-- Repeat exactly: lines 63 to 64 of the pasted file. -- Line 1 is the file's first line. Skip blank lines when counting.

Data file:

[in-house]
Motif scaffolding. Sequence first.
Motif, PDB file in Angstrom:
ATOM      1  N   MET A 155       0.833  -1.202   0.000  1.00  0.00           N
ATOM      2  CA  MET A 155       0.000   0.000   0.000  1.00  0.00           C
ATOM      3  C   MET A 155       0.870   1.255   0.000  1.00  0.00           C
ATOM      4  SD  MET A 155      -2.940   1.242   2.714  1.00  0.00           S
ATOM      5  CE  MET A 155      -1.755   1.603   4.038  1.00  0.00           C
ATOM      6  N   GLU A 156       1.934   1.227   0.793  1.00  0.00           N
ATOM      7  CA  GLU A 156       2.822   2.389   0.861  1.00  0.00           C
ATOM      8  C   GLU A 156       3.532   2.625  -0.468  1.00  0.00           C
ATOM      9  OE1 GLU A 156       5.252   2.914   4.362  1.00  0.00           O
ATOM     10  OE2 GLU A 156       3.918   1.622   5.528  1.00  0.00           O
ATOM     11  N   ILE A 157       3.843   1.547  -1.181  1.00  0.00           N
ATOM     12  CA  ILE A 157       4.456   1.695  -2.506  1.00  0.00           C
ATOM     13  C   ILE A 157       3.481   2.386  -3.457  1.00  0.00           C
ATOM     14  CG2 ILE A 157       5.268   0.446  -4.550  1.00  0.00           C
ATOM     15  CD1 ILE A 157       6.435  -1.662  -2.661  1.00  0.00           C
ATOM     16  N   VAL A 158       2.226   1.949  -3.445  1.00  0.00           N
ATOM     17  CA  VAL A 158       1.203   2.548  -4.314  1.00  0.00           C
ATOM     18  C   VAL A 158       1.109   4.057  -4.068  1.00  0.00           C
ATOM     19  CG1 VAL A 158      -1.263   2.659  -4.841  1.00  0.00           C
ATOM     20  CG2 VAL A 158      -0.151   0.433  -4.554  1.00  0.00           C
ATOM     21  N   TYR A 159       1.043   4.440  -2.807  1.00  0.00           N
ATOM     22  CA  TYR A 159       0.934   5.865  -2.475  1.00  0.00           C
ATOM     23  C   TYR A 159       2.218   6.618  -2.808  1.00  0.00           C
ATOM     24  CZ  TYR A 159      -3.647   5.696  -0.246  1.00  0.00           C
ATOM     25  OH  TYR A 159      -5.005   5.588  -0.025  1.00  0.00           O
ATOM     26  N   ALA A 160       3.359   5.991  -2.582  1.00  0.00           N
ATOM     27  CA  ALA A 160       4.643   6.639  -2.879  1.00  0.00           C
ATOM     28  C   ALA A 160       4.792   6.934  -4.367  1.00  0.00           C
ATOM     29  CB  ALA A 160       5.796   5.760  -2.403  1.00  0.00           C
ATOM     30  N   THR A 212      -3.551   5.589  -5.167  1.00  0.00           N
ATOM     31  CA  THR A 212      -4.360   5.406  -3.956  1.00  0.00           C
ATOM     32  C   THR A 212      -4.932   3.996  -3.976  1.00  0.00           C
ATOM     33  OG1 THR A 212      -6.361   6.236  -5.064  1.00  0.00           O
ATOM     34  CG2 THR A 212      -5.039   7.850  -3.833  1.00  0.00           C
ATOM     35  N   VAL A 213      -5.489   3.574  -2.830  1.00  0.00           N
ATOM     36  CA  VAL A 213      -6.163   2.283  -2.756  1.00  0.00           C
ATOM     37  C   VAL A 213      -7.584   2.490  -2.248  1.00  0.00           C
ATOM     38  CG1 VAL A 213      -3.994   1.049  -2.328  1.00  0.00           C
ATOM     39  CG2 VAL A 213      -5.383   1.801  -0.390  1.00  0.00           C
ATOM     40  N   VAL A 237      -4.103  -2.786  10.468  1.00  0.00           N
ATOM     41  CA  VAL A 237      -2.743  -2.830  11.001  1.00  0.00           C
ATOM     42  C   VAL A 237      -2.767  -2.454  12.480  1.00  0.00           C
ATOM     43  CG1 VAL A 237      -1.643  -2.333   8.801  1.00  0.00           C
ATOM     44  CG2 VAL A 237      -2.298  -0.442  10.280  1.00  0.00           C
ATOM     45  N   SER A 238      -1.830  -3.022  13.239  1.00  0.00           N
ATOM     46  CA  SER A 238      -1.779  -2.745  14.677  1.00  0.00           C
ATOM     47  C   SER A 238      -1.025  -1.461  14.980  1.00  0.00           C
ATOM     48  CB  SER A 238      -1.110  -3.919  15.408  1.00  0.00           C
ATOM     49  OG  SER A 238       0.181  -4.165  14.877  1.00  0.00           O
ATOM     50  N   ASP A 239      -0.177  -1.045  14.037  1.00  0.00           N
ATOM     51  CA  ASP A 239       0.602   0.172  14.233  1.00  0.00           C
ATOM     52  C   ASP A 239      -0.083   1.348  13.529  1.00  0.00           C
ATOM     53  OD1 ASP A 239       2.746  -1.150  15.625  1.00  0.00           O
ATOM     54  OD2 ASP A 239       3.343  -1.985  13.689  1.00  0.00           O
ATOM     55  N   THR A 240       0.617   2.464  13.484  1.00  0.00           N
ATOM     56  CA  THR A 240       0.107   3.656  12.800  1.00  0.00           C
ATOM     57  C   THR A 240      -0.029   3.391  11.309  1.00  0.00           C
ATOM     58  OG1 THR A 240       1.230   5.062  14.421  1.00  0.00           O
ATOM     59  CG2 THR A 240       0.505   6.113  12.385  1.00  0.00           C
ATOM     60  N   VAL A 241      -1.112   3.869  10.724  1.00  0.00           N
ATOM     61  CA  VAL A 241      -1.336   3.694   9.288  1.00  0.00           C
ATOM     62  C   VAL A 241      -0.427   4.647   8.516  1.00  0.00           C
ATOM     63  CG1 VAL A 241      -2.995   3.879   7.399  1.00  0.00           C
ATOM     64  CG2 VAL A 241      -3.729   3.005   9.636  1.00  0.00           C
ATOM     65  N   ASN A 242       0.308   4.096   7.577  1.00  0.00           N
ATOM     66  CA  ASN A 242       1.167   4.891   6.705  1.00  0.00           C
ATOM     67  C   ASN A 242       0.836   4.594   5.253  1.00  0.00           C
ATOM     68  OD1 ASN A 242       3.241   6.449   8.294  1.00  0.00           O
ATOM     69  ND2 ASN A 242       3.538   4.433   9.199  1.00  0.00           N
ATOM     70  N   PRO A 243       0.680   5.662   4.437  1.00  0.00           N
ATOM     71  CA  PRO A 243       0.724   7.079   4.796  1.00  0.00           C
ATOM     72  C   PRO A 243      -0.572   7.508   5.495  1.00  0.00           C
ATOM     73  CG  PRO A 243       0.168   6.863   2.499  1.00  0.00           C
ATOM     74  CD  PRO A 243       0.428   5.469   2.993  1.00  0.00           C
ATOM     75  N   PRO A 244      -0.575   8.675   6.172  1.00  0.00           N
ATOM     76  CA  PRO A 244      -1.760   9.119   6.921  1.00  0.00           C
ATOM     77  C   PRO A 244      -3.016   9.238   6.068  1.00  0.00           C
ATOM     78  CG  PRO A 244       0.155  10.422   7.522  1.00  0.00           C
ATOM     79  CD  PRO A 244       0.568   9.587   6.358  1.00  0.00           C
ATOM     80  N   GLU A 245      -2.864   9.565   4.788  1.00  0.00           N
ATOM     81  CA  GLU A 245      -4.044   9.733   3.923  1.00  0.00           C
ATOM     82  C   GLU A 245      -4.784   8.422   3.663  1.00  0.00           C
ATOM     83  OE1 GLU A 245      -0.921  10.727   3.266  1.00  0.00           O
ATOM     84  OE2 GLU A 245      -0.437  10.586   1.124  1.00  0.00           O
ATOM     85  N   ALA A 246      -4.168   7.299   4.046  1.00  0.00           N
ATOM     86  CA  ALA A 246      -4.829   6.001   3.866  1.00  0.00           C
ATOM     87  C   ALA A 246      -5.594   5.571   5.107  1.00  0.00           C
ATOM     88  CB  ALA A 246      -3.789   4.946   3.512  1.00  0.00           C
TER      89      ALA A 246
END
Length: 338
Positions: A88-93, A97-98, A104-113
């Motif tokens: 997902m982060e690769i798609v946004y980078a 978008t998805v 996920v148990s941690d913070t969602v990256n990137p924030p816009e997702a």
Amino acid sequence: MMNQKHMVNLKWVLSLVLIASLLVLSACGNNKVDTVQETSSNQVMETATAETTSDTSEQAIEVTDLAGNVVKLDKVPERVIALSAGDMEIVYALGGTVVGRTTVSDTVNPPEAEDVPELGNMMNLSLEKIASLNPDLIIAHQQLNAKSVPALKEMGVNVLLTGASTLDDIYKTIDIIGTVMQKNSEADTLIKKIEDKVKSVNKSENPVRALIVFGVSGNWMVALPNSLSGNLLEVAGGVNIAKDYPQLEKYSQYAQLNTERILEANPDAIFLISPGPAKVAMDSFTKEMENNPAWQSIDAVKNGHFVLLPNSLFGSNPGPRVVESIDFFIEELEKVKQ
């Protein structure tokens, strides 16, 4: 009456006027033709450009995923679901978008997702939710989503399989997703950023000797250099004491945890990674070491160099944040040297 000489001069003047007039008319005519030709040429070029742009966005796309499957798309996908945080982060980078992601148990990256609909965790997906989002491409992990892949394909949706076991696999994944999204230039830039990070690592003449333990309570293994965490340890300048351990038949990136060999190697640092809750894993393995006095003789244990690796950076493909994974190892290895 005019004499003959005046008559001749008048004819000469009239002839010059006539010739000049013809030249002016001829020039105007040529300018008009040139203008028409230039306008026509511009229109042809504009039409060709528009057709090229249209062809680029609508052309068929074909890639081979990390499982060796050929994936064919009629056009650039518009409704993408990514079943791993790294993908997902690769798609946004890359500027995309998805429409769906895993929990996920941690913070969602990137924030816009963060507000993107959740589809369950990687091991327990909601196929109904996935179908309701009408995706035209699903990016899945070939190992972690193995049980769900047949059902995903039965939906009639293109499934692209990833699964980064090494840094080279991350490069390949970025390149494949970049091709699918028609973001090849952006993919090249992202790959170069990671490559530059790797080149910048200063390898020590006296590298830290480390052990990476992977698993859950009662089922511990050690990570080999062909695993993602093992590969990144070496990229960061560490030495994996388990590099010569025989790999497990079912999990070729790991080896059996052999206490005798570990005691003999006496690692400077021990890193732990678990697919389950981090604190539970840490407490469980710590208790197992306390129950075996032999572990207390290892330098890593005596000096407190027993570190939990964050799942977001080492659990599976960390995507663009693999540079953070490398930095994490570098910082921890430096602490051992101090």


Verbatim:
ATOM     60  N   VAL A 241      -1.112   3.869  10.724  1.00  0.00           N
ATOM     61  CA  VAL A 241      -1.336   3.694   9.288  1.00  0.00           C